Michael Verdolin Rose Hills
Proportion & Potency of Fusion Loop Antibodies in Dengue Infection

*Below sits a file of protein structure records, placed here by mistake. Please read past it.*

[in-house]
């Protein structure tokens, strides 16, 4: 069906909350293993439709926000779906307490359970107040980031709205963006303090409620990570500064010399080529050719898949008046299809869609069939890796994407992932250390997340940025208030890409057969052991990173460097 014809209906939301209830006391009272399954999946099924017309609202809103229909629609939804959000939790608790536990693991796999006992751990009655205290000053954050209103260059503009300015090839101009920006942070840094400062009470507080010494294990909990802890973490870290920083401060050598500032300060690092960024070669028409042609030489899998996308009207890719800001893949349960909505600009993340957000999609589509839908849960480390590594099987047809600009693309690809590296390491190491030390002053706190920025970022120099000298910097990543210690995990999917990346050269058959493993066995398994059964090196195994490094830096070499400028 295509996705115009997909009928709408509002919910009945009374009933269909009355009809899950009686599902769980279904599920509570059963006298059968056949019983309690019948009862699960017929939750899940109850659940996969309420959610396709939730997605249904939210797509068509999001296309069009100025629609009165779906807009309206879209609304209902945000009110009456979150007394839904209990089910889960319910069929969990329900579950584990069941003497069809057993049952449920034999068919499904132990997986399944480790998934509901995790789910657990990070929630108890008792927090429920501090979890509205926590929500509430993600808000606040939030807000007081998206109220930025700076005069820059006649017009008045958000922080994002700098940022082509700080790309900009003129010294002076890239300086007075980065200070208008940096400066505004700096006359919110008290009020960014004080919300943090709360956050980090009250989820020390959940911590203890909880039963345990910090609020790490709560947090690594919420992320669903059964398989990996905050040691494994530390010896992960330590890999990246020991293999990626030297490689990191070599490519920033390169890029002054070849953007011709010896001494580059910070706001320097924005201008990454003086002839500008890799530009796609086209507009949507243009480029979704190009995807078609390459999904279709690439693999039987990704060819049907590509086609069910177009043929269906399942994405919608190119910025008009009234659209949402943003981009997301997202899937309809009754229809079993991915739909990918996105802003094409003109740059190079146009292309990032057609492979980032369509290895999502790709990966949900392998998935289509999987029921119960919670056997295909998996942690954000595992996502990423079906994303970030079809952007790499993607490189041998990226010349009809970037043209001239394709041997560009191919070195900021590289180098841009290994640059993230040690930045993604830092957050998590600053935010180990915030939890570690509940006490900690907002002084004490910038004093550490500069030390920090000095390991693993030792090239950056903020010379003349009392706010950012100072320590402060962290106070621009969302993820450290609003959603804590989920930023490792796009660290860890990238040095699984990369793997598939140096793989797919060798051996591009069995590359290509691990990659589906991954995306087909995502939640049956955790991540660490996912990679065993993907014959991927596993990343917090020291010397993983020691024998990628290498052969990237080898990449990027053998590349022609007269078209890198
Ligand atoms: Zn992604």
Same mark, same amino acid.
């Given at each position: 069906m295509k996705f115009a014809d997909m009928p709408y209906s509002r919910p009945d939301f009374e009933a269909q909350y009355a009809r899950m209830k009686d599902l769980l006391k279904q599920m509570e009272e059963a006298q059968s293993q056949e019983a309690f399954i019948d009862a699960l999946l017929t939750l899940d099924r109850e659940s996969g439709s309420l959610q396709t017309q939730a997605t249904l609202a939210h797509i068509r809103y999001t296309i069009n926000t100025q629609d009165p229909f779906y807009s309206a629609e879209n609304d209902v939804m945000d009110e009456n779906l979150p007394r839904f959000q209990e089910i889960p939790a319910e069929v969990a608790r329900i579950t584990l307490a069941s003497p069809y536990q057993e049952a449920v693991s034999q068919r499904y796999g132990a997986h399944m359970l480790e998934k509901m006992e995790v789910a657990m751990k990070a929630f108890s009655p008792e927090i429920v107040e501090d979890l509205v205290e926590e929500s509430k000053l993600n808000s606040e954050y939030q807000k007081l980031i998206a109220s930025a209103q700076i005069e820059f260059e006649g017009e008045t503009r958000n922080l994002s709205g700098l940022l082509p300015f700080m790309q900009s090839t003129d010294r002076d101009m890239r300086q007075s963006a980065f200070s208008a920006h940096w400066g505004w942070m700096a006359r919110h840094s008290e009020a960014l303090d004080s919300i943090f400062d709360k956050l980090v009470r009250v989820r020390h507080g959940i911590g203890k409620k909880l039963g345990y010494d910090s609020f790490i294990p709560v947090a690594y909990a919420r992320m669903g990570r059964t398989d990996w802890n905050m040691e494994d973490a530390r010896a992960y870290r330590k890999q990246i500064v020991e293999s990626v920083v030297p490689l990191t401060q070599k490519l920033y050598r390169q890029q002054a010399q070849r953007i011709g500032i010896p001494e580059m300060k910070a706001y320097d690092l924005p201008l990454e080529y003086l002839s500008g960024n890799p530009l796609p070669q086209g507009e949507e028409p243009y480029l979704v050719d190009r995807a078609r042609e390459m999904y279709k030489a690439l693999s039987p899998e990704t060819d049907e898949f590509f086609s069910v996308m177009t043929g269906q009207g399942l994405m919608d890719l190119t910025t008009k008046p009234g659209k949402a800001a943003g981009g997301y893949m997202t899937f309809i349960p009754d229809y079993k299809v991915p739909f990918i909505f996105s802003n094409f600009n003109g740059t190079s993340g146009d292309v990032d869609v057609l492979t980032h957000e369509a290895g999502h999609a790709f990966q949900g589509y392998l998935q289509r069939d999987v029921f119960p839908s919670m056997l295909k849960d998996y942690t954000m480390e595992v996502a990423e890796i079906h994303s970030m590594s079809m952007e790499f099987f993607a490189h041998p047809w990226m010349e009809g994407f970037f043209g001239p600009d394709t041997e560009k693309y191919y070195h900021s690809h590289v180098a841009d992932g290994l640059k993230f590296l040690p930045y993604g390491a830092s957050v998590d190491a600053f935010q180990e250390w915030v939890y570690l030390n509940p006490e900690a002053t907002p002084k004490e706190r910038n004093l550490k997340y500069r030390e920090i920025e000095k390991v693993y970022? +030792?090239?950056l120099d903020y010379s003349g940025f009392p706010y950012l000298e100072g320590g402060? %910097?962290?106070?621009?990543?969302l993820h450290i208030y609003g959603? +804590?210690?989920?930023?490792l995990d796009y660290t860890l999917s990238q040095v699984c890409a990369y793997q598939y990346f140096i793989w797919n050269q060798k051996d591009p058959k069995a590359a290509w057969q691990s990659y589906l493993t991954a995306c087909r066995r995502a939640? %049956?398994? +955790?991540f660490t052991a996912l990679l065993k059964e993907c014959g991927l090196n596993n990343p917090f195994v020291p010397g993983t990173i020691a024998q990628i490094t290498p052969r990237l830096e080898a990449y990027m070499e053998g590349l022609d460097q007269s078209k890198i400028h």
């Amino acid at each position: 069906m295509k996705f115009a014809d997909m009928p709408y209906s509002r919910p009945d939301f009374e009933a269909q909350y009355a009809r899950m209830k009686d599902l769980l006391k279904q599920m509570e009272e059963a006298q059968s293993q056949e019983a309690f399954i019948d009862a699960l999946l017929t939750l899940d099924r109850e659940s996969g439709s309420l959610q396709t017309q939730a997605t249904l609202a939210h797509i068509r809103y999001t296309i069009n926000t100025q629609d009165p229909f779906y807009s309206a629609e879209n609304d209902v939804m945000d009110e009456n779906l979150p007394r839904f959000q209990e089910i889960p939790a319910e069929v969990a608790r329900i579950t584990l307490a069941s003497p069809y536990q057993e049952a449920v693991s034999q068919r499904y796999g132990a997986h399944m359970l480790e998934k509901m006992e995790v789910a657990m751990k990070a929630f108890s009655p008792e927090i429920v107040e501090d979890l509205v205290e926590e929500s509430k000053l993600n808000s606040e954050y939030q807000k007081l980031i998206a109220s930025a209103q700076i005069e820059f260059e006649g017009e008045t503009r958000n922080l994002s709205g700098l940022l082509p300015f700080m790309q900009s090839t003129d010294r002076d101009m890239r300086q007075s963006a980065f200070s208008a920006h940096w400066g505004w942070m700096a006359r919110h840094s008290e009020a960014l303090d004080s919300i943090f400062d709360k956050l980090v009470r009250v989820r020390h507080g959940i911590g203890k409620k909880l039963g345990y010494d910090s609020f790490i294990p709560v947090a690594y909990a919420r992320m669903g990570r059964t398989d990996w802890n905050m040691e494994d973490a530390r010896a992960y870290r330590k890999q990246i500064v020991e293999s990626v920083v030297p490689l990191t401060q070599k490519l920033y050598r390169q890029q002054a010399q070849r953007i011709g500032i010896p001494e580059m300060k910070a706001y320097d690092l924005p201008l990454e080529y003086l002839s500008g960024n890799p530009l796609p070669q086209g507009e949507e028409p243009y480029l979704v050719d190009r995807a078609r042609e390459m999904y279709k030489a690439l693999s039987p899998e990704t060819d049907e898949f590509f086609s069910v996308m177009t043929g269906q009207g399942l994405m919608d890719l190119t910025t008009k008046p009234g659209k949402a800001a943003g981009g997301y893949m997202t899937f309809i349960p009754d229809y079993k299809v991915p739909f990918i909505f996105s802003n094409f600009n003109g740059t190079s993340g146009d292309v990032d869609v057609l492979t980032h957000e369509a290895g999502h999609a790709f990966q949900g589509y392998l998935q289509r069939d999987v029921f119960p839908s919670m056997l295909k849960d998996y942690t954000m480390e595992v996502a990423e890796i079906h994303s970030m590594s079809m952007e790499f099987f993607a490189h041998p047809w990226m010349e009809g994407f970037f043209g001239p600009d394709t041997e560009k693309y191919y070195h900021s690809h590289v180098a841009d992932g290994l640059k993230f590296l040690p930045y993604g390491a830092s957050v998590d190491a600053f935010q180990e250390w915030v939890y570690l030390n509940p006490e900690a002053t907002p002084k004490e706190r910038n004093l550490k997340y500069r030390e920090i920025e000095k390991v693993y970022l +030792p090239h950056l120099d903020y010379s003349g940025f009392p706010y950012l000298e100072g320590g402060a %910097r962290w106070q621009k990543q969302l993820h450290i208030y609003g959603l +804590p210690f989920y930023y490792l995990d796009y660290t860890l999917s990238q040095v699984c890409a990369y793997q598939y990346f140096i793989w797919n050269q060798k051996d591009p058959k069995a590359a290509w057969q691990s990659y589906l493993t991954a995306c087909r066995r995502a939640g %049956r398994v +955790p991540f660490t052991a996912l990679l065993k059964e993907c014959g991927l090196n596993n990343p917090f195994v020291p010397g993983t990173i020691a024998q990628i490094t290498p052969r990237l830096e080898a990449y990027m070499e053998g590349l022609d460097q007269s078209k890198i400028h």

The four dengue virus serotypes (DENV1–4) are the most prevalent arboviruses in humans and a major public health concern worldwide, responsible for over 100 million infections yearly, of whom 51 million will develop symptoms ranging from self-limiting dengue fever to fatal dengue shock syndrome. Infection generates antibodies (Abs) that can cross-react with another serotype, increasing the risk of subsequent symptomatic or severe DENV infection. Previous studies aiming at determining the Ab repertoire against DENV implicate the envelope protein’s fusion loop (FL) as an immunodominant epitope Anti-FL Abs are broadly cross-reactive but poorly neutralizing. In vitro studies have shown that anti-FL Abs potently induce antibody-dependent enhancement (ADE), but it has yet to be demonstrated in vivo. My project focuses on developing and using the molecular tools necessary to measure the proportion of anti-FL Abs in human serum collected 6 to 12 months before a secondary infection and determine whether a high level of anti-FL Abs is associated with disease protection or enhancement.